The crash seems to be due to fuel shortage resulting from fractures in the aircrew exactor pipe line in the port outer engine and the throttle exactor pipe line in the starboard outer, both were later classified as technical failures. It must have taken considerable skill to keep the Stirling aloft with two defective engines, the crew very nearly made it to the safety of RAF Tangmere a fighter base on the south coast located a few miles east of Chichester. Sadly within sight of the airfield the Stirling hit a number of trees on approach and crashed. Wing Commander Morris’s award of the DSO had this feat of airmanship published in his DSO citation. Such was the damage to Short Stirling Mk.I W7612 HA:T it was subsequently Stuck of Charge almost immediately after the crash. The Austin built Stirling was Taken on Charge (ToC) by No.218 Squadron on July 25th 1942, it was not until September 13th that the aircraft was in-the-wars. On this night Flight Sergeant Thompson RNZAF had returned from a successful raid on Bremen when on touching down at Downham Market the Stirling swung violently, the young inexperienced pilot was not quick enough to react, unchecked the Stirling’s undercarriage collapsed bringing the aircraft to a shuddering halt, thankfully none of the crew were injured. Repaired on site by SEBRO the Stirling was back on strength by October 5th 1942.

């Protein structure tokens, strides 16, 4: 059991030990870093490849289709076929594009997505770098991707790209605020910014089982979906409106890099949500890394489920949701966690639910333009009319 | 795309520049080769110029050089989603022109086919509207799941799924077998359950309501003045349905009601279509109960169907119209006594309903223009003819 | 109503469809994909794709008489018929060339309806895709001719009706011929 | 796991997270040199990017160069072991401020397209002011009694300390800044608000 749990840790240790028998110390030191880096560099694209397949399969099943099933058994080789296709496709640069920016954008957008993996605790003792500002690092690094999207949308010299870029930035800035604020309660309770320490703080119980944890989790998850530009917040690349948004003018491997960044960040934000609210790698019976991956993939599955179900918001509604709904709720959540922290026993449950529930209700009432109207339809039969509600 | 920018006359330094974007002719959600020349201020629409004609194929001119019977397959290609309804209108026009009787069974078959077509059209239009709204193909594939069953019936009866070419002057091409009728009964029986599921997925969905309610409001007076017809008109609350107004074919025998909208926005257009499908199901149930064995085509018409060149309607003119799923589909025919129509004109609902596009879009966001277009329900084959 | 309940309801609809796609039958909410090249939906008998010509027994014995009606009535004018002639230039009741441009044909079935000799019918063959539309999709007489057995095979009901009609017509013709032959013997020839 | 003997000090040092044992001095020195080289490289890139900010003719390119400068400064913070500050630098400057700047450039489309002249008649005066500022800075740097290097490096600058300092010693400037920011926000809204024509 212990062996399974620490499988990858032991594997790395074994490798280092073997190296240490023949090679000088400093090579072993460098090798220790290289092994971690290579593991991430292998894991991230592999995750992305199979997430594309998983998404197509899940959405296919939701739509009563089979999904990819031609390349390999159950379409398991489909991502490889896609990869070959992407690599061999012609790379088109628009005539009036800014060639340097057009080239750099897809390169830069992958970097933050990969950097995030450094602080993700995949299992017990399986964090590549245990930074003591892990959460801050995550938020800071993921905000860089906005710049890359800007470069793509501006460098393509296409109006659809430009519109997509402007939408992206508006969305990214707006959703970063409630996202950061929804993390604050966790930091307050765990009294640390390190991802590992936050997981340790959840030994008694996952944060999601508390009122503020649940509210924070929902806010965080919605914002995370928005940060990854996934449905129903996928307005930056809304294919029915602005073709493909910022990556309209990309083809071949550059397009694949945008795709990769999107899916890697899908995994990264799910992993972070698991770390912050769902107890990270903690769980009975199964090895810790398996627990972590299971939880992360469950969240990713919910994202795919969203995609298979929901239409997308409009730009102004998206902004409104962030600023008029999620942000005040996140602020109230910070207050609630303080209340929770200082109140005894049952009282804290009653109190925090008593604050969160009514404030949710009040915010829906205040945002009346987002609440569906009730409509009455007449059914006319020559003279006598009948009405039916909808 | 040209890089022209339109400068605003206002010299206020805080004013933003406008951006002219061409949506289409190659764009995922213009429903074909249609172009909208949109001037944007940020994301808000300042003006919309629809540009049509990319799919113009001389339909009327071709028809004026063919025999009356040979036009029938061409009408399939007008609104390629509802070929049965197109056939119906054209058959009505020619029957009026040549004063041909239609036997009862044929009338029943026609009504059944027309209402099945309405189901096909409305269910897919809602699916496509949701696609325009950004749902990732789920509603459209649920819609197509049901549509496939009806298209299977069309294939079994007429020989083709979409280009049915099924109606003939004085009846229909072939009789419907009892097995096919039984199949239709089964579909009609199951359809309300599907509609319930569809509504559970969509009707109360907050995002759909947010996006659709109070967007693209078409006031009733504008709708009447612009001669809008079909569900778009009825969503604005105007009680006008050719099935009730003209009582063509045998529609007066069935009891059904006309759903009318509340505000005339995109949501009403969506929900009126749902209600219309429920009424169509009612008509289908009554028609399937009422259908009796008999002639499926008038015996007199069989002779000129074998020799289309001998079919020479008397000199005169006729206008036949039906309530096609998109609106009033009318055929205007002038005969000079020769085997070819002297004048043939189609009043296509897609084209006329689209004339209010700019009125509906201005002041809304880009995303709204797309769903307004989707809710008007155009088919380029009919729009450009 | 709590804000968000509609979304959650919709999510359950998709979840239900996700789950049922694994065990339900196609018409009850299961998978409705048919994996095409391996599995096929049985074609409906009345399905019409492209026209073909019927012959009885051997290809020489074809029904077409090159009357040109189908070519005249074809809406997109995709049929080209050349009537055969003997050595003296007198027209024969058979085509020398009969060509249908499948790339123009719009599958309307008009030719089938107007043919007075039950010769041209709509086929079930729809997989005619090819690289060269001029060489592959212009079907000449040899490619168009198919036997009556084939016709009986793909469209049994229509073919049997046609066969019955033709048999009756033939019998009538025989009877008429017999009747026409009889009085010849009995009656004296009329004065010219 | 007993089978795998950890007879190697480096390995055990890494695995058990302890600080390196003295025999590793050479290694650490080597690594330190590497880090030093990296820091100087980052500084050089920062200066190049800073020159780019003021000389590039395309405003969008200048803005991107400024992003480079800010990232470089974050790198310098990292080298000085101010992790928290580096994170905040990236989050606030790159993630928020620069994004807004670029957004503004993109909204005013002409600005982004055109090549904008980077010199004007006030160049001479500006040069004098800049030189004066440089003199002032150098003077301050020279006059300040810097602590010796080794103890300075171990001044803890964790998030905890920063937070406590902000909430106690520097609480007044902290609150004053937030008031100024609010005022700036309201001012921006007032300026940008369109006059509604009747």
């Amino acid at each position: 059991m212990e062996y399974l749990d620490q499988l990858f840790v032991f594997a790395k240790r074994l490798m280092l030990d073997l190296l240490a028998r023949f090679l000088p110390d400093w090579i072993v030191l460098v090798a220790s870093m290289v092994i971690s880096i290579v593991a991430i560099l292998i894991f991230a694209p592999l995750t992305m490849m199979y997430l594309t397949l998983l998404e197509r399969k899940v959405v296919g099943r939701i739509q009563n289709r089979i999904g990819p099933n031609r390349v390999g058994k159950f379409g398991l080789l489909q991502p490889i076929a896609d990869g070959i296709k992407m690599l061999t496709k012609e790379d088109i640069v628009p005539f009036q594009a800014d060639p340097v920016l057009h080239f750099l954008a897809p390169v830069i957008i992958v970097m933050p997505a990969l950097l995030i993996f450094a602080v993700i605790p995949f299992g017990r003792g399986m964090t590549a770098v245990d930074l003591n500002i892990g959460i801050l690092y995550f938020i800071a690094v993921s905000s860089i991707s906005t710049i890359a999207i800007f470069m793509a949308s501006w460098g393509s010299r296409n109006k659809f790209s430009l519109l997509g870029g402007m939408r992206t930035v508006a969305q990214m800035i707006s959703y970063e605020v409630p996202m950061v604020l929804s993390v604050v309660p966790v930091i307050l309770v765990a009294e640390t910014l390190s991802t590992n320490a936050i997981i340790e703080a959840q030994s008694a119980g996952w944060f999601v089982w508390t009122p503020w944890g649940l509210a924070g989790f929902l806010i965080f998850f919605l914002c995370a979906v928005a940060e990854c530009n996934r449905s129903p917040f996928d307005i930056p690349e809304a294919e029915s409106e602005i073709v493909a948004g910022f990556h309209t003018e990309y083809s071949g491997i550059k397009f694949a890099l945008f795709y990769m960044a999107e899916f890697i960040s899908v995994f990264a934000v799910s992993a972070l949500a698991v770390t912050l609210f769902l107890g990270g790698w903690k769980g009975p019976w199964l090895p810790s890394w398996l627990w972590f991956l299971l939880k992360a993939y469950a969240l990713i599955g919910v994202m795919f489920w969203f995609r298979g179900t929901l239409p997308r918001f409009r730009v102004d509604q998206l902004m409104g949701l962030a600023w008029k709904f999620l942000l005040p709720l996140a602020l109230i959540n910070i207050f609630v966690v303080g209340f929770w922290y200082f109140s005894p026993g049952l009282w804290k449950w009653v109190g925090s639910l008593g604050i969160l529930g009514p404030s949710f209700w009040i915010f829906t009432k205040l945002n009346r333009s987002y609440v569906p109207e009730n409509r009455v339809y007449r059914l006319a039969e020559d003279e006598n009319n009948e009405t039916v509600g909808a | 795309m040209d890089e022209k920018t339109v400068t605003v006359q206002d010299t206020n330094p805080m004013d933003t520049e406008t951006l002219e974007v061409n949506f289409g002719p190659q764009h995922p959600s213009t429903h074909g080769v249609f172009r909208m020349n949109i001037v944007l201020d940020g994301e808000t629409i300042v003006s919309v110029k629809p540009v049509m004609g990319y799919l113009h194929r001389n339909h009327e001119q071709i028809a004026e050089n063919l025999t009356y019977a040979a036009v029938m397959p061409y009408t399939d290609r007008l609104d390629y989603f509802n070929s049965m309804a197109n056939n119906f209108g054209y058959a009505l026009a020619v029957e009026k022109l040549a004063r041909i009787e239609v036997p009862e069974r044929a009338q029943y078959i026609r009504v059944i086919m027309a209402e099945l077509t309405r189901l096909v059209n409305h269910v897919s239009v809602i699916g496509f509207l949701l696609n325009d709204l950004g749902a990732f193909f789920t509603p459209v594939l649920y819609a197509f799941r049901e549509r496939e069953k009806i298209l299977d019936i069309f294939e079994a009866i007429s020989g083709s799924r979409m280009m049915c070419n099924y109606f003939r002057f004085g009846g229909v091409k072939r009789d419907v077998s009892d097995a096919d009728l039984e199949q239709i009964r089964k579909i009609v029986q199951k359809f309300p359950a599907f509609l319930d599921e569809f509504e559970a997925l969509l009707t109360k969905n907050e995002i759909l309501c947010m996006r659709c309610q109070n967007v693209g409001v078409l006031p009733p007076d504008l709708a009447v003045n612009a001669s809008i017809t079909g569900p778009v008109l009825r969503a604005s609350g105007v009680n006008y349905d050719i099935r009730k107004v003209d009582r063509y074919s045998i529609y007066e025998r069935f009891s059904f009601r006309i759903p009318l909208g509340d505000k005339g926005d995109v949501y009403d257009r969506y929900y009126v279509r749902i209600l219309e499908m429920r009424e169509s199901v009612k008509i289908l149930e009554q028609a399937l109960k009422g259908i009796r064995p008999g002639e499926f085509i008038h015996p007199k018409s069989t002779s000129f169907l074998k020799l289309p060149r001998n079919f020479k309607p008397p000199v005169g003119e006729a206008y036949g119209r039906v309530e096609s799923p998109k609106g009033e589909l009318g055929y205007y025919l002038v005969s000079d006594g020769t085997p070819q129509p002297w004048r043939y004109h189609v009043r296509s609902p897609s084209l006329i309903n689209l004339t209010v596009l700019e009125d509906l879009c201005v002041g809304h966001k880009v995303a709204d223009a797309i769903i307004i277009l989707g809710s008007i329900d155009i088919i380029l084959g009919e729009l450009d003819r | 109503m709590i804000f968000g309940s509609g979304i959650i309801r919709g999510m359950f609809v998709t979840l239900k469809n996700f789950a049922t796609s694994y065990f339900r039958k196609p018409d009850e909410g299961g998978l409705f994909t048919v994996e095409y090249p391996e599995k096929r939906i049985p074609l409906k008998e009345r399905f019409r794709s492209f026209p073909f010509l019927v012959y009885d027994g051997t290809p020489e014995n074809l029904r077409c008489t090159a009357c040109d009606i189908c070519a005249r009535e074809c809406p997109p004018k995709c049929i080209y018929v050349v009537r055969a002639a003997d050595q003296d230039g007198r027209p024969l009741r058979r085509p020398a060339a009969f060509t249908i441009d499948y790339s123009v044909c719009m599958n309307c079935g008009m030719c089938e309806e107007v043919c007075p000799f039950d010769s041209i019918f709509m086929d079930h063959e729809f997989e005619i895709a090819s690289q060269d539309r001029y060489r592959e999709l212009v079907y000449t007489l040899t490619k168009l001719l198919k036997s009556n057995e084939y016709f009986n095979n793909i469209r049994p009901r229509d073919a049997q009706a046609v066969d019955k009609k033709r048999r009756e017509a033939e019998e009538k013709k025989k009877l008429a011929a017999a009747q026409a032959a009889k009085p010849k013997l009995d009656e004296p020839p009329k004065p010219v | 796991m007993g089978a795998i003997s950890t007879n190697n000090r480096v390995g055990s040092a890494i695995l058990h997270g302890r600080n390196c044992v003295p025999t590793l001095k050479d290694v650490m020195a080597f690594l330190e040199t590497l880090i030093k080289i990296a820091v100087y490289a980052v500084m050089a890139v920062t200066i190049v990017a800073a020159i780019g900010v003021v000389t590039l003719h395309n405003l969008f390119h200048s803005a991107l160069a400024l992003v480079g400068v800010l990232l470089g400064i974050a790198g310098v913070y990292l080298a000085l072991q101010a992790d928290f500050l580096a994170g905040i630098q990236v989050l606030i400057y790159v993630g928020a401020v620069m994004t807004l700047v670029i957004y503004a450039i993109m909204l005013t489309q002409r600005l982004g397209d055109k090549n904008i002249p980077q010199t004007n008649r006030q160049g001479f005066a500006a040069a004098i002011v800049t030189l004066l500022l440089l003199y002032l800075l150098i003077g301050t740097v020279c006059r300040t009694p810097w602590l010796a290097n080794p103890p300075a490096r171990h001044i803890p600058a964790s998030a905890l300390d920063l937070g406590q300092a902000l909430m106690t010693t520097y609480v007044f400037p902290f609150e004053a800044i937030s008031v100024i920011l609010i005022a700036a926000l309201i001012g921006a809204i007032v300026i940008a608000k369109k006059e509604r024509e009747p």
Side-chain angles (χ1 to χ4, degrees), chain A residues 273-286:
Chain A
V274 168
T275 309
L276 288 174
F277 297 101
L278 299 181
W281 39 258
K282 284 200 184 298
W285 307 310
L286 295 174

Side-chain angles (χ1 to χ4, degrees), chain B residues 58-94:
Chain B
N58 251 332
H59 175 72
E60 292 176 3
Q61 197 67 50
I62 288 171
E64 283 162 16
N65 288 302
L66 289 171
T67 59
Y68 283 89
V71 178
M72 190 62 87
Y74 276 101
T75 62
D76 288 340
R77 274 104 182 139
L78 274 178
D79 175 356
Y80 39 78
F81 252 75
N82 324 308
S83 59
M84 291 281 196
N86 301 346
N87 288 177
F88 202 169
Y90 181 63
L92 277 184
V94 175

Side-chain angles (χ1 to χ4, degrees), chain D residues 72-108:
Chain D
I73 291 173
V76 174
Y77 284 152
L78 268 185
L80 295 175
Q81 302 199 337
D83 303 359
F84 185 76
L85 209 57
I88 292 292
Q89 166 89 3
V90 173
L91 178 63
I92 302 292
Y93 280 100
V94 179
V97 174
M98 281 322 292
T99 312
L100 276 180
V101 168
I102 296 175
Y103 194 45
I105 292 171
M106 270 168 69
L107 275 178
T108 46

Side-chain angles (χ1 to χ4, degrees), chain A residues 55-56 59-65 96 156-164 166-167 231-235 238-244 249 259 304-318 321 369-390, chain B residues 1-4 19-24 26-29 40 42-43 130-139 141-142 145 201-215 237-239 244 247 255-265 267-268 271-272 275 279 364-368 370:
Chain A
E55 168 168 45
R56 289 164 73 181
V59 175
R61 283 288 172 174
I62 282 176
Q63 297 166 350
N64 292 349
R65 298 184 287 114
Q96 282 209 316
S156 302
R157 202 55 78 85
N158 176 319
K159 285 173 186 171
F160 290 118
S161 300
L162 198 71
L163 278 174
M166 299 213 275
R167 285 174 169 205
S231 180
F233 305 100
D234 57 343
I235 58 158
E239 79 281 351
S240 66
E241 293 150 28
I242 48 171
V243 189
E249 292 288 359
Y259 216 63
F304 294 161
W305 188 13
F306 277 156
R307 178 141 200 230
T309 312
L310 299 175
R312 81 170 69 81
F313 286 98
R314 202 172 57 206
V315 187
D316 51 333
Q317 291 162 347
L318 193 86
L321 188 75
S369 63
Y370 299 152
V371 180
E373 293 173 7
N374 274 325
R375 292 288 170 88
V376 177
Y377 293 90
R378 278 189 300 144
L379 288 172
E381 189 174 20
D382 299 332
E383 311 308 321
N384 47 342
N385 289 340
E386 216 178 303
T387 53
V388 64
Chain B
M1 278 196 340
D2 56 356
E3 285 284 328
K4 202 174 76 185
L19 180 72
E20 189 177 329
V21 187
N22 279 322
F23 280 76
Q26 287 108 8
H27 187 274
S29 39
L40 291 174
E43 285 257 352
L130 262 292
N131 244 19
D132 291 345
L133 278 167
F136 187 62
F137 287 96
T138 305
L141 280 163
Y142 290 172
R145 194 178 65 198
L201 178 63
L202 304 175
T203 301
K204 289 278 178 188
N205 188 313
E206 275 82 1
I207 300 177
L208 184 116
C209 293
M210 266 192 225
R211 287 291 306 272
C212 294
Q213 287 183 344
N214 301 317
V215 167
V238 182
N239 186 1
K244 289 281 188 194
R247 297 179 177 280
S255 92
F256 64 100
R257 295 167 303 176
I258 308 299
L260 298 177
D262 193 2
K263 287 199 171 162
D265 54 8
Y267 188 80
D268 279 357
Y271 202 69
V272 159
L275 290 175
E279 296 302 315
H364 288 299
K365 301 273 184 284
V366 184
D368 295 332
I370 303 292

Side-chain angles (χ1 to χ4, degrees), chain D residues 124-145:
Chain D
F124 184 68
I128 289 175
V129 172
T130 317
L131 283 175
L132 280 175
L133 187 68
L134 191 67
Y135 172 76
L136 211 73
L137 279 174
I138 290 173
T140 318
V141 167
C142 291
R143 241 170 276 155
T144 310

Below is a copy of the AM Form 78 Movement Card. You will note that the date of the incident September 15th, is incorrect on the Card.
Below is the entry for Wing Commander Morris prang taken via the No.218 Squadron Operational Records Book AM Form 540, it gives only a brief mention of the crash and no details what so ever!
The following pages are copies of the Form 1180 Accident Card.